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One chart that shows how unusual Justice Scalia's Supreme Court vacancy could be

If Republican senators refuse a Supreme Court nominee to replace Antonin Scalia until President Barack Obama — or even a Democrat in general — is out of the White House, America could be looking at a historic length in a Supreme Court vacancy.

This great chart, from Sean McMinn at Roll Call, tells the story:

A chart of how long Supreme Court vacancies lasted. CQ Roll Call

According to Roll Call, the longest length of time before a Supreme Court vacancy was filled — since 1900 — was 363 days.

But the Senate might refuse to appoint someone for much longer. "The American people should have a voice in the selection of their next Supreme Court justice," Senate Majority Leader Mitch McConnell (R-KY) said in a statement. "Therefore, this vacancy should not be filled until we have a new president."

If the Senate appointed someone the day (January 20, 2017) the next president takes office, the vacancy in Scalia's seat would last 341 days.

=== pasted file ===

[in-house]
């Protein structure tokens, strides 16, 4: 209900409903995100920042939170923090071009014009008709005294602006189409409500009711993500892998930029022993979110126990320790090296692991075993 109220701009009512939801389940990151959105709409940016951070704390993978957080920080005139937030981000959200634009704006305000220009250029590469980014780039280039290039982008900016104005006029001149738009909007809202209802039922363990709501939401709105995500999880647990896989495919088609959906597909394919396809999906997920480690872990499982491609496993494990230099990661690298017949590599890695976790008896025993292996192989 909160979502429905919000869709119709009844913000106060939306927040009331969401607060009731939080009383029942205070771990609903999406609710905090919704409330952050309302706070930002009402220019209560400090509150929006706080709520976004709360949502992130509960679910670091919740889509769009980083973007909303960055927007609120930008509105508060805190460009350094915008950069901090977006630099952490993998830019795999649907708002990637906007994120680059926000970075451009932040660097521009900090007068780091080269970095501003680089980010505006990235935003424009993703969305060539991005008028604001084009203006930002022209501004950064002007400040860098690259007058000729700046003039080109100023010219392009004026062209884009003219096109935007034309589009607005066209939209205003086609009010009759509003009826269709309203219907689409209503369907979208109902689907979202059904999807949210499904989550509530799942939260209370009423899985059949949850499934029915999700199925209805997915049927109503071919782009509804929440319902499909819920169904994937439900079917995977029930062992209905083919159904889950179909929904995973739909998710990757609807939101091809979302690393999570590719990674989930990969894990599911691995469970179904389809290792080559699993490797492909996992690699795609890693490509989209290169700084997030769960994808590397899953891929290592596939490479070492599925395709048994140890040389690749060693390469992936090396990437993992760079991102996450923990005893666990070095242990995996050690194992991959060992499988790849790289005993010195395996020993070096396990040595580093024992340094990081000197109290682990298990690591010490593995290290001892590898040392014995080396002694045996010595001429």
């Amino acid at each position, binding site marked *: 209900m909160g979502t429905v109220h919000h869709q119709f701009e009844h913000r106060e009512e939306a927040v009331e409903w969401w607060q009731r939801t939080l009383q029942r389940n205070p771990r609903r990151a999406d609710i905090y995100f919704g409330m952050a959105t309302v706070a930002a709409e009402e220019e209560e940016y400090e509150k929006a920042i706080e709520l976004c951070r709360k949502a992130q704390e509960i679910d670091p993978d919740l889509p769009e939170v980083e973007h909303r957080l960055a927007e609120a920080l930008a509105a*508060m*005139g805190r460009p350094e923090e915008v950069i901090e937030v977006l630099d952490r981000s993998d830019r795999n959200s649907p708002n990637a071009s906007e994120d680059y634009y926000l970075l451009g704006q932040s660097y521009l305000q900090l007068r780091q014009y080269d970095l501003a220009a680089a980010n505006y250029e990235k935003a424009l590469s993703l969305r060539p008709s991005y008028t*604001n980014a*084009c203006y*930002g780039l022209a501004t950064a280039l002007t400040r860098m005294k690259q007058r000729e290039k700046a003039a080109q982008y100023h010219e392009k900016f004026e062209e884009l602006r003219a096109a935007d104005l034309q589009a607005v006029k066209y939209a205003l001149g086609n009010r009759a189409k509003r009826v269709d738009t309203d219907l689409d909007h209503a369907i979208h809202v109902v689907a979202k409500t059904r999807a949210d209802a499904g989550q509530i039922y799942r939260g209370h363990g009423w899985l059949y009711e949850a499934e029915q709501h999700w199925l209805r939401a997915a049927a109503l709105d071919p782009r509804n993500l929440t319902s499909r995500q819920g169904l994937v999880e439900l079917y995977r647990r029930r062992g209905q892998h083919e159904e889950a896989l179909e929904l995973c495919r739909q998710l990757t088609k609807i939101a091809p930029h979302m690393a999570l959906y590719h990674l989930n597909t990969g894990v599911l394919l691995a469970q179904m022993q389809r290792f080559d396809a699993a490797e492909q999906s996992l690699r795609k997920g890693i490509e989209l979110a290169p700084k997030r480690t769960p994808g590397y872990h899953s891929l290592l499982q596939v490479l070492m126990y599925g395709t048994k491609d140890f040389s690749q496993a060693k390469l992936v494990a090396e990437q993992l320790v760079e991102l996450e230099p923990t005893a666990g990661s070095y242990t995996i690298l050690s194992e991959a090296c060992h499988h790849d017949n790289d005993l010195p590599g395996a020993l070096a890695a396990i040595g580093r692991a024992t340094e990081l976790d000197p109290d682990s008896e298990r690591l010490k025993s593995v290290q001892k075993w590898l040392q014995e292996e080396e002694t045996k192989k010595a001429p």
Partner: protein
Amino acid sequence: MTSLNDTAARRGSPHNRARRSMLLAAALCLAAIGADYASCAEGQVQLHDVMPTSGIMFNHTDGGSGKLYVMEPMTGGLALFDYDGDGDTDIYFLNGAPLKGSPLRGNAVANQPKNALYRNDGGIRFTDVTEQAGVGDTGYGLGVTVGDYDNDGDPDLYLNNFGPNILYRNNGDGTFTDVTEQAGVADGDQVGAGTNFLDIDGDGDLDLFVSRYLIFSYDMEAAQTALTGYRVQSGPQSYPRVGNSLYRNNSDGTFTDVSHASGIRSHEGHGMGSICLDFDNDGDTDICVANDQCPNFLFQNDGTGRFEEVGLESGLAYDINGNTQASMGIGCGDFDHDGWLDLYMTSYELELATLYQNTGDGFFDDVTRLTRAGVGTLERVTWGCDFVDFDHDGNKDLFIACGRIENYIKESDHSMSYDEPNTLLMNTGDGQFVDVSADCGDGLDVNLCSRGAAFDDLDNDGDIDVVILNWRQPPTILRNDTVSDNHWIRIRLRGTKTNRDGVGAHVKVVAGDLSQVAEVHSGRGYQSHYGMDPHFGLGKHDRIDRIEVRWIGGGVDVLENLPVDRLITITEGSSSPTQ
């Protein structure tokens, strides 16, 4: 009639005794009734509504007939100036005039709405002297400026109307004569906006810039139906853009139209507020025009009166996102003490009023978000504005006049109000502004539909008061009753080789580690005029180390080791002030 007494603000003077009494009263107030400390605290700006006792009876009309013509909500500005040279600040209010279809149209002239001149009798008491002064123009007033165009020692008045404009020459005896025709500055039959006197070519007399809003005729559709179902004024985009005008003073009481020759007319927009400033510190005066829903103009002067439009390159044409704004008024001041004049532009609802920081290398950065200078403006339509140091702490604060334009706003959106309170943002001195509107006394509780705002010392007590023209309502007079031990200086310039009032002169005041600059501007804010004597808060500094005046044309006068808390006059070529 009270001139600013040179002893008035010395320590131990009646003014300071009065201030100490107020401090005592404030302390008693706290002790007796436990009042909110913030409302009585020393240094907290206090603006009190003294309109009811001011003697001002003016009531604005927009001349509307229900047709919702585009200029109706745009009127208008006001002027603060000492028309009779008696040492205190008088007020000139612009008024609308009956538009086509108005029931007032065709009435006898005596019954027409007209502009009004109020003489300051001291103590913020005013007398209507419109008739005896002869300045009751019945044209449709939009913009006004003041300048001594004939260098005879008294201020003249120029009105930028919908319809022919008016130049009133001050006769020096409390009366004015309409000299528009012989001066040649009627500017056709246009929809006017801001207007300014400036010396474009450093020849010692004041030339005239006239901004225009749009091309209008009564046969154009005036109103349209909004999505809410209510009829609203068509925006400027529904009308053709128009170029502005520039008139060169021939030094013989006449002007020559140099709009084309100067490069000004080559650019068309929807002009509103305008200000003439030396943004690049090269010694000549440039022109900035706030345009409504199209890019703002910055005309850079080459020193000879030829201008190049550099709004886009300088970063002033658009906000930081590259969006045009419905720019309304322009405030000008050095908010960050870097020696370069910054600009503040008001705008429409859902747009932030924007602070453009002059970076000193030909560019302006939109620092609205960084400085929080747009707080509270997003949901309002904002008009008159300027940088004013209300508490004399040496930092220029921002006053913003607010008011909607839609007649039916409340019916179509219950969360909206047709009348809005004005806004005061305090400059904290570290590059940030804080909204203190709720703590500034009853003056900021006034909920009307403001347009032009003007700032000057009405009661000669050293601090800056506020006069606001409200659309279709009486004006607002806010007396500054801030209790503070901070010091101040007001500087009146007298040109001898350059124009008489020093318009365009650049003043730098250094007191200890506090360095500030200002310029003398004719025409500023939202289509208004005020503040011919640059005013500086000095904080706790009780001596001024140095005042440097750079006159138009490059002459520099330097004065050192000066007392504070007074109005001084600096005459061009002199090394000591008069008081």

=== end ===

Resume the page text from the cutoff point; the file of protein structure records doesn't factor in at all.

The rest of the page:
But the process of accepting a nominee can last a lot longer than one day — especially if, say, President Hillary Clinton or President Bernie Sanders nominates a justice while Republicans still control the Senate and present a fractious confirmation process. So this vacancy could make records.

Besides, there's reason to believe this vacancy could last far past this election year. Republicans have spun their opposition to any potential nominee by arguing that Obama shouldn't nominate someone in an election year — because the final decision should be left to voters. But really their concern is that Obama will appoint a justice who's far more liberal than Scalia, who was consistently one of the more conservative justices on the bench.

But if Clinton or Sanders is the next president, the exact same concerns over a liberal justice apply. If Republicans don't budge, that could lead to a truly years-long vacancy.